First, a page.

Green fields, water in plenty, palatial houses, good looking and hard working people that’s the stock image of India’s most prosperous province Punjab. The shining example of agricultural success touted as the “Green Revolution”. However, the reality is less romantic than the image that has been projected for the last four decades. Climate change and environmental pollution have ganged up to challenge the wits and nerves of these hardy people and for the first time it seems odds are heavily stacked against them.
The latest findings show that Punjab is witnessing a slowdown in agricultural production. In comparison to 1980s when the growth rate was 5 percent the 1990s saw a decline where the growth was registered at 2.4 per cent, in the 21st century it has become a meagre 1.9 percent.
The decline is significant when you realise that the area under cultivation for two of the major crops –wheat and rice—has been steadily increasing every year. For example the paddy cultivation was done in 227 thousand hectares (th ha) in 1960 in 2006 it was being cultivated in 2642 th ha, while wheat was being cultivated in 1400 th ha in 1960 in 2006 it had grown to 3468 th ha. The use of high yield varieties (HYV) of rice and wheat has seen an upward trend too. In 1970 while 69 per cent of the wheat sown was HYV and 33 per cent of the paddy too was of the same genre by 2006 in both the cases the use of HYV had reached 100 per cent.
Excessive use of fertilizers, water and pesticides coupled with increased area under wheat and paddy cultivation created a sudden boom we now know as Green Revolution. However, the same factors have now become the cause for its decline. The HYVs have been using certain elements of the soil at the expense of other nutrients. This has led to severe deficiency of nutrients in the soil. Even while wheat and paddy cultivation area is up the varieties of these two crops have come down drastically. Prior to Green Revolution Punjab was producing 41 varieties of wheat but now it grows only a couple of varieties. As the area under wheat and paddy cultivation has increased it has brought down the cultivation of jowar, bajra, maize, sugarcane, groundnut, pulses, rapeseed, barley, mustard and sunflower. Lack of crop rotation and consistent use of HYV does not offer the soil any chance to regenerate itself. The loss of certain nutrients is compensated with the help of standard fertilizers and pesticides increasing toxicity in the soil and permanently perpetuating the nutrient deficiency.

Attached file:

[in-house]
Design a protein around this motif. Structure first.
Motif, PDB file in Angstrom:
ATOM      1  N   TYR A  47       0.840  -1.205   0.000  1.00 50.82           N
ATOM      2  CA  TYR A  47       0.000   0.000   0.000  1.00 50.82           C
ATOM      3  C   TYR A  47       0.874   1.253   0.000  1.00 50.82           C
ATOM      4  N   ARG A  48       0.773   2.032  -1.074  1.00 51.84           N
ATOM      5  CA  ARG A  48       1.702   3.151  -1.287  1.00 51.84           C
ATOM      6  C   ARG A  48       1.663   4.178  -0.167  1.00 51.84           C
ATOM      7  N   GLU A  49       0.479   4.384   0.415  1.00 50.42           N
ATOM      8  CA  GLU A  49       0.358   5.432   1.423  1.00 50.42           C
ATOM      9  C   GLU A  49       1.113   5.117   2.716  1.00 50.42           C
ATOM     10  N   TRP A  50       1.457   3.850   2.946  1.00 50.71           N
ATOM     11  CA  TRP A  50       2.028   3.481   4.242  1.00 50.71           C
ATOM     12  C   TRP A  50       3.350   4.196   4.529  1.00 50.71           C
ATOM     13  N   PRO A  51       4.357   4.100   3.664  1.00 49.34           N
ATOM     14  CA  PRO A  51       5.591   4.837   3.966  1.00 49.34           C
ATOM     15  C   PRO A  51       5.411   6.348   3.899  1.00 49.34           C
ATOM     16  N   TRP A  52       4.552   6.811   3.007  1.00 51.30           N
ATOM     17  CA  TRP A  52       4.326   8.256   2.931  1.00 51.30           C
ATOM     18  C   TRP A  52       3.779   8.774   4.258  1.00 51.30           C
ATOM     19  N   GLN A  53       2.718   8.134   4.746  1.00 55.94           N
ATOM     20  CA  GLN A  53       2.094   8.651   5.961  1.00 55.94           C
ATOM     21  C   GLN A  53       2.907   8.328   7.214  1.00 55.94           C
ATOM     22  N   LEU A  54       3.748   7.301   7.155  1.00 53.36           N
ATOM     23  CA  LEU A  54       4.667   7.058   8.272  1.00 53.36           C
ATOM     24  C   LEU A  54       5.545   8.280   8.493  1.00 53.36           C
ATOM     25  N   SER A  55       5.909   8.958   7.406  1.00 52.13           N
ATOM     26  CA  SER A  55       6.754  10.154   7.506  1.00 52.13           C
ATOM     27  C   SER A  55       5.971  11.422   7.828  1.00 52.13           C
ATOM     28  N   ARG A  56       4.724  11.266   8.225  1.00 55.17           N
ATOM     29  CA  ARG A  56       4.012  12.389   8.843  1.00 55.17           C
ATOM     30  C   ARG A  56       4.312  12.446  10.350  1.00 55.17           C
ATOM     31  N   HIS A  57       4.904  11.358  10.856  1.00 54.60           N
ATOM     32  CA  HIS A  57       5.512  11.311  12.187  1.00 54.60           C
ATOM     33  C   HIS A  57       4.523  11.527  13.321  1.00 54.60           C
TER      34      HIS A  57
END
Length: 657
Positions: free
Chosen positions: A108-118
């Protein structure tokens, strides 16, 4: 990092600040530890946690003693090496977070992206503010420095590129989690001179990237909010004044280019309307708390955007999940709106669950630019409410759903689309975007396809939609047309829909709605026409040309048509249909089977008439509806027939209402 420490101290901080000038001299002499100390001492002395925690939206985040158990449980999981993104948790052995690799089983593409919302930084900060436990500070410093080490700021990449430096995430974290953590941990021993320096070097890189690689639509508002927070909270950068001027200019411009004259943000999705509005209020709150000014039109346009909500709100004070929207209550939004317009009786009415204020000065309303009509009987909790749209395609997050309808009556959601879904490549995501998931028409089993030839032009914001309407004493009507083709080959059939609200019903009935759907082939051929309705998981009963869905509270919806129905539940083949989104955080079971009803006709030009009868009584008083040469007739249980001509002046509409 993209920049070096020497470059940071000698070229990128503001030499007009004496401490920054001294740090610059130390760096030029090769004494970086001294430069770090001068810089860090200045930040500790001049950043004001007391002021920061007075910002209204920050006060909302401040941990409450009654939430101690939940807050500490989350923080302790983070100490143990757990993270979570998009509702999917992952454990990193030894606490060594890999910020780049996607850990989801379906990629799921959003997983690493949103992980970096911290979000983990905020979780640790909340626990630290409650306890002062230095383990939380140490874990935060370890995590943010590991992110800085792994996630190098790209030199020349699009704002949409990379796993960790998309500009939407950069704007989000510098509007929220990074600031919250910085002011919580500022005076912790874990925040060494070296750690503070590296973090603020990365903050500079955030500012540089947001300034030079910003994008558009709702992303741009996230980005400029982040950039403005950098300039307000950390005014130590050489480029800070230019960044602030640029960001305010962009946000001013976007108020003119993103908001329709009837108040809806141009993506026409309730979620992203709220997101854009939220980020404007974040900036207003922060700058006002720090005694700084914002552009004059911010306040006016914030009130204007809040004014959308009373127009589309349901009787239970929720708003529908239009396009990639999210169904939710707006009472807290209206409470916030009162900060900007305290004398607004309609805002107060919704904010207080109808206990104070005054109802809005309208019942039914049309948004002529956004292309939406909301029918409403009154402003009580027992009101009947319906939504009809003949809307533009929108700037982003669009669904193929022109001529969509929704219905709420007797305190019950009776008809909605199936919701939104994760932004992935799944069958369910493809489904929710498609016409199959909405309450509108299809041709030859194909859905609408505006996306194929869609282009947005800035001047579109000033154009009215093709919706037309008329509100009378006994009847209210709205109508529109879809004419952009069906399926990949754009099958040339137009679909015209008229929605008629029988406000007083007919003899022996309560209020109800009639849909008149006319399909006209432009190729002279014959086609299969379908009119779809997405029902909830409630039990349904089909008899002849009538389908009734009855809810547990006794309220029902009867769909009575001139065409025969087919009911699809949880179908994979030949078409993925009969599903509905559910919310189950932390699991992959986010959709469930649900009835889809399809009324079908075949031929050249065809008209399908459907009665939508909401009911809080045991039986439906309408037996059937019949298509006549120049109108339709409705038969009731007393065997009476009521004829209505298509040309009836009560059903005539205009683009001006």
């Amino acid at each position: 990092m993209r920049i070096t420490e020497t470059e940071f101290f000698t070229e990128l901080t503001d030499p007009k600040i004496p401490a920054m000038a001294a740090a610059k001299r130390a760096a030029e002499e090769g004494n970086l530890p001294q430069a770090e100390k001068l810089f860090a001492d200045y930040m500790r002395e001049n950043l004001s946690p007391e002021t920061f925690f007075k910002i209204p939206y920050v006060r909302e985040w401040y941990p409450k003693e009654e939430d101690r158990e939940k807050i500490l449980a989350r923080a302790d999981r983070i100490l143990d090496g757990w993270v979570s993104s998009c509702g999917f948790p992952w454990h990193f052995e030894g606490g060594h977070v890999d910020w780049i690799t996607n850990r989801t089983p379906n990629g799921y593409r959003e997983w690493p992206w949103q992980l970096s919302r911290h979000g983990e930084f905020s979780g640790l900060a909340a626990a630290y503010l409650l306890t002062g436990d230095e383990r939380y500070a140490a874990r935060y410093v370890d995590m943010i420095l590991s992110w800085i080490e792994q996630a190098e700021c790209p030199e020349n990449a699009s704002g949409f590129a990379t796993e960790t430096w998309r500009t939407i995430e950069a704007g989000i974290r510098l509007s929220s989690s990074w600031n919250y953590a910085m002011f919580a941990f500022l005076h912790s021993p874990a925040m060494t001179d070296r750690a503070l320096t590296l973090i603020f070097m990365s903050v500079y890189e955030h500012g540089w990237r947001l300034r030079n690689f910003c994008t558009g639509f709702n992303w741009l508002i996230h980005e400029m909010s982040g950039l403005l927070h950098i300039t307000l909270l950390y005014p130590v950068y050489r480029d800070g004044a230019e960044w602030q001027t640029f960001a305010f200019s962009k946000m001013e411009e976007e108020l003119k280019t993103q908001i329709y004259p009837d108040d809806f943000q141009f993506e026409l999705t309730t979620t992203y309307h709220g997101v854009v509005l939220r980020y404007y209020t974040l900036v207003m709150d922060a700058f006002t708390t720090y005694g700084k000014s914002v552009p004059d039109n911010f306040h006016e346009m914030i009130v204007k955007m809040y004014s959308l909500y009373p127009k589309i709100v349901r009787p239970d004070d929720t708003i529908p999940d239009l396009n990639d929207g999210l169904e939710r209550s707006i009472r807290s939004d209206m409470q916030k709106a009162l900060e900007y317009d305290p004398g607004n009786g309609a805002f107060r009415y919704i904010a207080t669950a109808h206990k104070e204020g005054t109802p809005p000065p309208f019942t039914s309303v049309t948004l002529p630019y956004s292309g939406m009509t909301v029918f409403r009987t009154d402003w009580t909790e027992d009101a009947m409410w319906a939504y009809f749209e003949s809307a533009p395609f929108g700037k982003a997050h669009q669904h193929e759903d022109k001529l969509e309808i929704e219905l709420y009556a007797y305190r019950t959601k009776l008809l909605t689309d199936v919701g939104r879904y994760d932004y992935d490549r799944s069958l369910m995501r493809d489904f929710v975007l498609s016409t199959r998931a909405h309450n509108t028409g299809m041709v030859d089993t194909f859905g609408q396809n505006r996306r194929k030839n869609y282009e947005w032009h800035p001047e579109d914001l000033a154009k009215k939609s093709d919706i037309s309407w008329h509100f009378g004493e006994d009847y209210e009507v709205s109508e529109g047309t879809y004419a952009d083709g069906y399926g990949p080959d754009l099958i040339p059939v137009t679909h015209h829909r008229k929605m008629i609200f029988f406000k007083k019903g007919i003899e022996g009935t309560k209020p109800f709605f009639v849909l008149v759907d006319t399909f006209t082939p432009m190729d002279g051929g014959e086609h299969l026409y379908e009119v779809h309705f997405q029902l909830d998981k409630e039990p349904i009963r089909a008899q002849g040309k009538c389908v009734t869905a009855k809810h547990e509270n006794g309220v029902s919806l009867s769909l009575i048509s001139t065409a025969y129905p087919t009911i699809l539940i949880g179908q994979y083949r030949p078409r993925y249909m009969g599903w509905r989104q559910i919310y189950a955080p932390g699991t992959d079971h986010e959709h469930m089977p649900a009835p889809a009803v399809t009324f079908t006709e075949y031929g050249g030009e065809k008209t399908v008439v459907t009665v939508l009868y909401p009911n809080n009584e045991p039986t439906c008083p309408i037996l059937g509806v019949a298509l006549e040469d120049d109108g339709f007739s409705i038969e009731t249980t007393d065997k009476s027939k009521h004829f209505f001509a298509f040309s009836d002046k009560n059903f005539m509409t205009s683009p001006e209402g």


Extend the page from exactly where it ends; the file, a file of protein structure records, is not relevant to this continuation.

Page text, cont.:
Indiscriminate use of tube wells have led to a situation that today the land of five rivers has a demand of 4.38 mham (Million hectare metres) of water while the availability is at 3.13 mham making it a water scarcity zone. Out of 137 blocks in Punjab, 103 are over exploited, 5 blocks are critical and only 25 are in safe category.
Small land holdings are another problem, one million or 69 per cent of the land holding in the state are less than 4 hectares in size. Compared to all India figures this size may look healthy but the level of mechanization and resource intensive agriculture being practised for the last four decades makes the holding size uneconomic. It has led to a situation where on an average a farmer bears a debt of Rs. 41,000.
Caught between mounting costs of production and debts and declining per hectare productivity the farmers in Punjab are waking up to a chilling reality that green revolution is actually a red herring, a fleeting moment of prosperity leaving disaster in its wake.